death. Cos. Ill belongs to 202. We may feel reasonably sure in assigning 200 as the date of 
this inscription. If the stone cutter's mistake in 3.6709 and 6710 be supposed to be the cutting 
of trib. pot. XII instead of the VII of his copy the date 199 would be indicated, and cos. II 
would harmonize with this assumption. The number of the salutations of Septimius is often 
wTongly given on the monuments and could not be held to invalidate a dating based upon the 
number of the tribunicial power. In 3.1178 Perpetuus' service as praeses Arabiae is shown to 
liave been his next public employment after ser\ing as leg. leg. XVI Fl. Thus the date 199 
for 3.6709 and 6710 agrees well with 200 for 3.14150. 

37 



X) 



9544 



Moesia Superior was earlier than his governorship of the Dacias it 
can not have ended later than 221. If we may trust the one 'g' in 
the title leg. Aug. pro pr. provinciae Moesiae Super., his term of 
office in Moesia began after the death of Geta in 212. 



49 



C. Furius Octavianus C. V. ? About 223 



3.8169 (Near Ulpiana) Fortunae Aeternae domus Furianae pro salute C. 
Furi Octaviani C. V. Furius Alcimus et Pontius Veranus pecunia Octaviana 
faciendum curaverunt. 

3.8238 was set up by a slave of C. Furius Octavianus, and 3.8240 to a 
slave of his mother (cf. 6.1423). Both inscriptions were found in the south- 
ern part of Moesia Superior. These with the inscription quoted seem to 
show that he had estates in this region. He may have been a governor of the 
province, though our evidence is not conclusive. The date a. 223 is given 
from 9.338, in which he is named as a patronus of Canusium. 



50 



Severianus 244 



Zos. 1. 19. fin. - - - - Se^Tjptoyy Se ri^ KTjdeffTri ras iv Mixrt^ Kal MaKedoviq, 
5vvdfi€i.s iirlffTevffev (sc. ^tXtTTTros). 

This was at the beginning of the reign of Philip, the selection 
of a relative being a measure of precaution on the part of the new 
Emperor in establishing himself on the throne. Probably both 
Moesias were included in the command." If only one Moesia is 
meant, it would certainly be Moesia Superior which was contiguous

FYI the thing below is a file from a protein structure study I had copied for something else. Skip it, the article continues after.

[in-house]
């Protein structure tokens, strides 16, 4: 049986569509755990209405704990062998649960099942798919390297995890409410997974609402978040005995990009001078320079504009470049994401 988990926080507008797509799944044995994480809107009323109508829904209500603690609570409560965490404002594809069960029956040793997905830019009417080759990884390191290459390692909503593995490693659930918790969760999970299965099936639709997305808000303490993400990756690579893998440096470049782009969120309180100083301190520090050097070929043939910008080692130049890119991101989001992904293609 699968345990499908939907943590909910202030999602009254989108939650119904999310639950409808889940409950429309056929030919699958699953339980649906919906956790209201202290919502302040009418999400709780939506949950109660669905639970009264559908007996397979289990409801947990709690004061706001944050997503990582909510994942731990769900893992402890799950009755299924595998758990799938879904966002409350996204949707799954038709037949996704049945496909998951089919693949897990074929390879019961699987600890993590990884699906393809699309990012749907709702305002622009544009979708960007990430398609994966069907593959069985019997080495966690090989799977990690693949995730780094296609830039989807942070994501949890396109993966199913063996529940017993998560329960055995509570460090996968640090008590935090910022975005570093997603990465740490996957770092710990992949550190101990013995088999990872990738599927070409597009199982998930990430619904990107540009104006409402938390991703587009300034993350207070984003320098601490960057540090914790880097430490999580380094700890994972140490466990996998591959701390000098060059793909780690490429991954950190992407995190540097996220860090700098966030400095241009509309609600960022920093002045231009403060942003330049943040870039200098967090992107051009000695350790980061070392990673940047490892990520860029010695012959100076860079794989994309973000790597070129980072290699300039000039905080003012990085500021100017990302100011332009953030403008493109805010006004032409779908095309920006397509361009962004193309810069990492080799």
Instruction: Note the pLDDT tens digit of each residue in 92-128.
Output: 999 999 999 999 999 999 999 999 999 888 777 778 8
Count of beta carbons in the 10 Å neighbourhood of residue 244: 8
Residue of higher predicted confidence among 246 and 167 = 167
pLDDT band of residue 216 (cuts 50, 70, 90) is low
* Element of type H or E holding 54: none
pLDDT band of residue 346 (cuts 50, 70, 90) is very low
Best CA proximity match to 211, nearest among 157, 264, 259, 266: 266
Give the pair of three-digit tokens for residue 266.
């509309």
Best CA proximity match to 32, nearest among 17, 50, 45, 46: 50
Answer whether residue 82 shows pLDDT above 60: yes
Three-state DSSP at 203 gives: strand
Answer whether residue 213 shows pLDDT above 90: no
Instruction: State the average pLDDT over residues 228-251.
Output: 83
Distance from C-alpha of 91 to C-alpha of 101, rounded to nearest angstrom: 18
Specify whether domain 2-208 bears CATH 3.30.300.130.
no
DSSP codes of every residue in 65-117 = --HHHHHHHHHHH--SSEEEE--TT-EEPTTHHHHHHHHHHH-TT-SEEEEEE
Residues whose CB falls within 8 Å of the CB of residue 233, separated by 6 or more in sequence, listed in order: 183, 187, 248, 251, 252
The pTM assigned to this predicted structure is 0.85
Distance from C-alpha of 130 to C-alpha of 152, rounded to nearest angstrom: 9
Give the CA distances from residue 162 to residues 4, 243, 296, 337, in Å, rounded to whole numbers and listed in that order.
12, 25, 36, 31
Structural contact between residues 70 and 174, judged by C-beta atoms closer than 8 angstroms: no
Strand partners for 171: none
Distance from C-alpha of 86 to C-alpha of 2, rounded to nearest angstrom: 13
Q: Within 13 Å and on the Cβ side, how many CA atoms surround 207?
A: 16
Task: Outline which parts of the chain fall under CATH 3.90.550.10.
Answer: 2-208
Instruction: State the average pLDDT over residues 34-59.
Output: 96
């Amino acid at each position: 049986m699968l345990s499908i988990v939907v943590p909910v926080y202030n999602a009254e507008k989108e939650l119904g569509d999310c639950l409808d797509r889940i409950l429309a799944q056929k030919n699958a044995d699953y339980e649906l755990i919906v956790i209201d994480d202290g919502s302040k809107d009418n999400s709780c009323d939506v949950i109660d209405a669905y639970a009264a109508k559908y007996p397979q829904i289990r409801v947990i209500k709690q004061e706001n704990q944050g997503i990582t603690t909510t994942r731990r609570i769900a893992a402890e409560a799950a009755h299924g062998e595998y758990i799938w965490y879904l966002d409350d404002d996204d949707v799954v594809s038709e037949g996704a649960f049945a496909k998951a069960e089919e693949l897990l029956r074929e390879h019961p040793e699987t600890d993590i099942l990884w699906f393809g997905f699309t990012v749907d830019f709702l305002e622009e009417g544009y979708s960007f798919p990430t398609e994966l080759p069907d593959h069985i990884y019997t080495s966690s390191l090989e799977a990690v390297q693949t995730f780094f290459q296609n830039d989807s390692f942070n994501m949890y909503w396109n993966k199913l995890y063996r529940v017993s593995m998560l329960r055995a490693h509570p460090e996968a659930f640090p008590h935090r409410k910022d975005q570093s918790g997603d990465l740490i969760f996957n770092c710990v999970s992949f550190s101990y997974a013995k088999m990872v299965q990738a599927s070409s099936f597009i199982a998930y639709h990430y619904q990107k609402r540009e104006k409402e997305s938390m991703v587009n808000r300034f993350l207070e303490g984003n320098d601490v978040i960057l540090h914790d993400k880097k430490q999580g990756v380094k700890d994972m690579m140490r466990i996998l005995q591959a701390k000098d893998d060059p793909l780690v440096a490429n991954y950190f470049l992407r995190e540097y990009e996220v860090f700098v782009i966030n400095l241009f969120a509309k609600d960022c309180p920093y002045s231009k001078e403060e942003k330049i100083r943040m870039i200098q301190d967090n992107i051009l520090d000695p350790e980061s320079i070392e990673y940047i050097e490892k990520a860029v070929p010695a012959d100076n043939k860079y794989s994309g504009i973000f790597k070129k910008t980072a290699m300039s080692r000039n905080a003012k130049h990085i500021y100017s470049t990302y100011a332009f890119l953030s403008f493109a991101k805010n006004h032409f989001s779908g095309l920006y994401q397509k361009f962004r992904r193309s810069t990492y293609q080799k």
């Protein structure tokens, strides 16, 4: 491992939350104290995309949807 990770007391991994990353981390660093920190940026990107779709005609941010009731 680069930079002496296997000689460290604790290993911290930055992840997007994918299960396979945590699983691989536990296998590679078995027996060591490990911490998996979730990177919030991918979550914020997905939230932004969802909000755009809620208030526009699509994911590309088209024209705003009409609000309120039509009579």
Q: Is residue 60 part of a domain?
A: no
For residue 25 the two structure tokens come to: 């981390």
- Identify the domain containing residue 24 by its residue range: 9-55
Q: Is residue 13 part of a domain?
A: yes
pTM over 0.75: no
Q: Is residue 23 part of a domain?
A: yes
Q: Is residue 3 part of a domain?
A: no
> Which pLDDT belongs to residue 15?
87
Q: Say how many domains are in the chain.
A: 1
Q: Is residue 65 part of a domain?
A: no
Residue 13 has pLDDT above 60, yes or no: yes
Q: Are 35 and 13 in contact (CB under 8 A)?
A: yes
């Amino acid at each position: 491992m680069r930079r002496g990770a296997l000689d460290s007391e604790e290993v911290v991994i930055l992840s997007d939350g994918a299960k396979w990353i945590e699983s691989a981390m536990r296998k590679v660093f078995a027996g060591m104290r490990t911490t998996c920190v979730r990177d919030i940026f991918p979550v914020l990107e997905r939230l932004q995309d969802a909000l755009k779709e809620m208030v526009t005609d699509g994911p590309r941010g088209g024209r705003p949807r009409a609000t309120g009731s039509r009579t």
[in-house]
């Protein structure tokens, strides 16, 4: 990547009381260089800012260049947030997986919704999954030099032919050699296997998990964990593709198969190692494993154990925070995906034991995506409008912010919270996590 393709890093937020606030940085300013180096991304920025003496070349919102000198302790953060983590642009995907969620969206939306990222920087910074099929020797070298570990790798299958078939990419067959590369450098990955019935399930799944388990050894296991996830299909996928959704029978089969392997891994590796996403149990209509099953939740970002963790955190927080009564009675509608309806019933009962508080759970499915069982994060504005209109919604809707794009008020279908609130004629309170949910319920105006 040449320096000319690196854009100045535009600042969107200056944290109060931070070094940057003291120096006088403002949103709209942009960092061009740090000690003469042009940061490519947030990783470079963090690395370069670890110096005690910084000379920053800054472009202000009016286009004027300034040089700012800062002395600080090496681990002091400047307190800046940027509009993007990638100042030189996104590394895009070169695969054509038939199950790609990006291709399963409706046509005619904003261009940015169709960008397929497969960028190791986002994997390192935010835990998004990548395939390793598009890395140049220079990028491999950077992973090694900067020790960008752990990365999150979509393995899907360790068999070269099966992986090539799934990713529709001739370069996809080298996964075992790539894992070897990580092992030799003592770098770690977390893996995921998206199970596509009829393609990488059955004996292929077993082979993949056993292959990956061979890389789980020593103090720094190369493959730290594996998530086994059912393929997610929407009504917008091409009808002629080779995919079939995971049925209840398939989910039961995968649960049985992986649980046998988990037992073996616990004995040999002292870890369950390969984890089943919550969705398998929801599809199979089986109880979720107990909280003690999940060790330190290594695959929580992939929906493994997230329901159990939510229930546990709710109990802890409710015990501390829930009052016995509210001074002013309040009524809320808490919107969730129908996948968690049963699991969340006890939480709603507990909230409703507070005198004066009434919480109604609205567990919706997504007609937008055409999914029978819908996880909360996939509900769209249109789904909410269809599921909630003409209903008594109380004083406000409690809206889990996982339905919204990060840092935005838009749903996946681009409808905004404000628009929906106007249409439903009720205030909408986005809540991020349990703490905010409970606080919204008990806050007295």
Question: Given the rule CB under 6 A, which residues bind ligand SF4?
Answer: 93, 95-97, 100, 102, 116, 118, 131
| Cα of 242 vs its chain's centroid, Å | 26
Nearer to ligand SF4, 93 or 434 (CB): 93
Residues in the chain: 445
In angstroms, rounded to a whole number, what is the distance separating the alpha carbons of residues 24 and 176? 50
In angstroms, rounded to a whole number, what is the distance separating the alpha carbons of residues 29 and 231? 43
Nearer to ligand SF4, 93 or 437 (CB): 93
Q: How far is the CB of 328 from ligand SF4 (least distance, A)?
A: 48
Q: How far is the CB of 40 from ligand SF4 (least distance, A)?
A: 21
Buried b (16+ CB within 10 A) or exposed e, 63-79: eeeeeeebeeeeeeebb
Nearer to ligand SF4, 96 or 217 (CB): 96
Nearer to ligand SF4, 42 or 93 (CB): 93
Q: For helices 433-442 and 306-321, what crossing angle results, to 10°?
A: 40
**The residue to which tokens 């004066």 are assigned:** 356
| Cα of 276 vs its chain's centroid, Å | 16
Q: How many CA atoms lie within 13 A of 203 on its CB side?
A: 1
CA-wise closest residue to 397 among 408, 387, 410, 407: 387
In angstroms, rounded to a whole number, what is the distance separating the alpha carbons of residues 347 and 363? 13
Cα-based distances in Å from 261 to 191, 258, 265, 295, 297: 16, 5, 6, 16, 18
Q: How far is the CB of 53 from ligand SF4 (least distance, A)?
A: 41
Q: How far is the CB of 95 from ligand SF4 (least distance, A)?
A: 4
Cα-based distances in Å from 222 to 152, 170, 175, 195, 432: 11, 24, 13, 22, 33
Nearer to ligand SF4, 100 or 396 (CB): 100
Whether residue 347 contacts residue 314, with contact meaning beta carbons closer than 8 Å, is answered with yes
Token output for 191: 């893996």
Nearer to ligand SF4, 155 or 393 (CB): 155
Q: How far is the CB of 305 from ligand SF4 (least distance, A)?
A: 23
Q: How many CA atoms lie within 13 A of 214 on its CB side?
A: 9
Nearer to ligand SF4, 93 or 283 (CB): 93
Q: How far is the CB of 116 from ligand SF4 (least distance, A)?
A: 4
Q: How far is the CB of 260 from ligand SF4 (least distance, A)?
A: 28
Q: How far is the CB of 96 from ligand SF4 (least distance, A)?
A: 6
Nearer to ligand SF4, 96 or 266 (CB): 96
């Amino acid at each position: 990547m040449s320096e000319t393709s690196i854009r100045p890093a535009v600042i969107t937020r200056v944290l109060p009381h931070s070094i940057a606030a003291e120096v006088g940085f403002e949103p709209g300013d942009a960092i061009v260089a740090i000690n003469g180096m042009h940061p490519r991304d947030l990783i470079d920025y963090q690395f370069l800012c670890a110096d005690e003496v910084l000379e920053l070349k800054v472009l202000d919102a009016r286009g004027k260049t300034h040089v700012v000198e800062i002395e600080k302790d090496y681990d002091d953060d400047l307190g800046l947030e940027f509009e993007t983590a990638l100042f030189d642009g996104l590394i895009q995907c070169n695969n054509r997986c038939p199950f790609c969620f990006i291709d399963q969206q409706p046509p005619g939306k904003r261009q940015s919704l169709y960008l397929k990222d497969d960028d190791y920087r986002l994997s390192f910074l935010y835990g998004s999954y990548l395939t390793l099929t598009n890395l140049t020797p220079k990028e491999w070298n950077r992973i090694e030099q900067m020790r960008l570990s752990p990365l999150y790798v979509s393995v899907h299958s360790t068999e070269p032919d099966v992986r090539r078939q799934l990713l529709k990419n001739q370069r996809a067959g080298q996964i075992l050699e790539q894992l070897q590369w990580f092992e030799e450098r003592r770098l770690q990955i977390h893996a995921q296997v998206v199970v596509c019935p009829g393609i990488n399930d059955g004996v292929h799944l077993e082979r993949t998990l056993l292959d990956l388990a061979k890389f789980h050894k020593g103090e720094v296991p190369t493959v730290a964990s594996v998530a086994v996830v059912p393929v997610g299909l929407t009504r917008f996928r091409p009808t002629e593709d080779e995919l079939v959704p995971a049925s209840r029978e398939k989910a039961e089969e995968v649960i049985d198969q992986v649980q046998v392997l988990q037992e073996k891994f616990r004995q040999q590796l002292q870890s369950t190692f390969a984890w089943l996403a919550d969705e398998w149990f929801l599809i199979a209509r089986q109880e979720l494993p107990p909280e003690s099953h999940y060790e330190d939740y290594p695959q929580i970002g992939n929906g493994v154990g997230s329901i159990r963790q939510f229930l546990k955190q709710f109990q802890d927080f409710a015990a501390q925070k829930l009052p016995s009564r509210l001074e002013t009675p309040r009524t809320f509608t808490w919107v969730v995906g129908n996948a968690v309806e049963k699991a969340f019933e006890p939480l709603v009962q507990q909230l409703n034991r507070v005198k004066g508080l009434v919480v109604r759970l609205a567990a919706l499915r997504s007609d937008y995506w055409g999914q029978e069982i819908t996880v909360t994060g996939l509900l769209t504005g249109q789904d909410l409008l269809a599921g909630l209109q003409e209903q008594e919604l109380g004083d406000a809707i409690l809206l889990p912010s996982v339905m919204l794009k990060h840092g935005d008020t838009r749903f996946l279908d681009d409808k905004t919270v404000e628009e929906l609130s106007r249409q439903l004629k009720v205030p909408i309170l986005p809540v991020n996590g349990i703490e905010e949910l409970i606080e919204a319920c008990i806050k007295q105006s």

to Macedonia. 

51 Ti. Claudius Marinus Pacatianus 248 

Zos. 1.20. end. to. 5e MvaQv rdyfiara Kal UaL6vu}v MapTvov { ir a pr)'} ay ov eh ttjc 
rwv 6\u}v dpx'^v). 

Zon. 12.19 (PI 624 end) O&tos 5' 6 avTOKparup ^iXiiriros npbs S/ci/^as dpdnevos 
irdXefiov els "Pufi-ov ivavrfKdev. 'Ev 5e Mvaoh M-aphbz tls ra^idpxv^ <^i' Trapd tCiv 
(TTpaTiwTwv ^aaiXeveiv rjpidy). 

Cohen V p. 182, n. 7 Imp. Ti. CI. Mar. Pacatianus Aug. 1 Romae Aeter. 
an. mill, et primo. 

The name and date are from the coin. The fact that Zonaras 
mentions only the Moesi and that Zosimus mentions them first 

" Large commands were common on the lower Danube in these troublous years. See 5. 

38 



indicates that they were the prime movers in elevating Marinus and 
that, if his command did not inckide both the Pannonias and the 
Moesias. which is probable, it was in the Moesias. In 248, the date 
of the coin, he was wearing the imperial insignia. The accounts of 
the historians indicate that the war against the Scythians came late 
in the reign and that Marinus was placed in charge of affairs on the 
lower Danube after this war was begun. He probably held his 
imperial station but a few months. His administration in Moesia 
as governor therefore may have begun and ended in 248. 



52 C. Messius Quintus Traianus Decius 249 

Zos. 1. 21 irap€Kd\et Toivvv rbv AiKiov tuv iv Mvcriq, Kal Ilaioplq. TayfxaTwv 
dvadi^acrdai ttjv dpxV". rod 5^ dta to Kal iavrqi Kal ^i\lTnr({i tout' d^vfxfpopov iiyeia-dai 
irapaiTov/jL^vov, ttj QerraXiKy Xeyofiivr] ireidavdyKT] xp7;crdju,ews iKiriixTrei Kara. Tr)v 
Tlaiovlav avrdv^ ffoxppoviovvra tovs eKeiae to, Maplvov (ppovqcavres. oi 5e TavT-r) 
aTpaTiCoTai rbv A^kiov opwvTes tois rjnapTrjKoaii/ e7re^t6i'Ta, KdWiov eivai <7<piffLv ifyqaavTo 
Kal Tbv irapd wodas diroffelaaaOai Kivbvvov Kal d/xa irpocxT-qcraadai. p.ovapxop 6s Kal rCov 
KOLvwv cLv iTniJ.€\r]deiri Kpeiacrov Kal oii ffiiv irovcp irepiiarai ^lXlttttov iroXiTiKri re dperrj Kal 
TToXe^i/cTj Treipq. TrporjKOJv. (22) Trept^evres odv aiin^ ttjv dXovpyida, Kal i(p^ eafTiij 
Xonrbf oppusdovvTa Trpbs ttjv tQ>v wpayp.dTwv Kal aKovra avvoidovct. Krjde/jioviav. 

Zoii. 12.19 (PI- 625) Qavfxdaas o5v 6 <Pi\nnros 8id toOto Tbv AeKiov, direXdeTv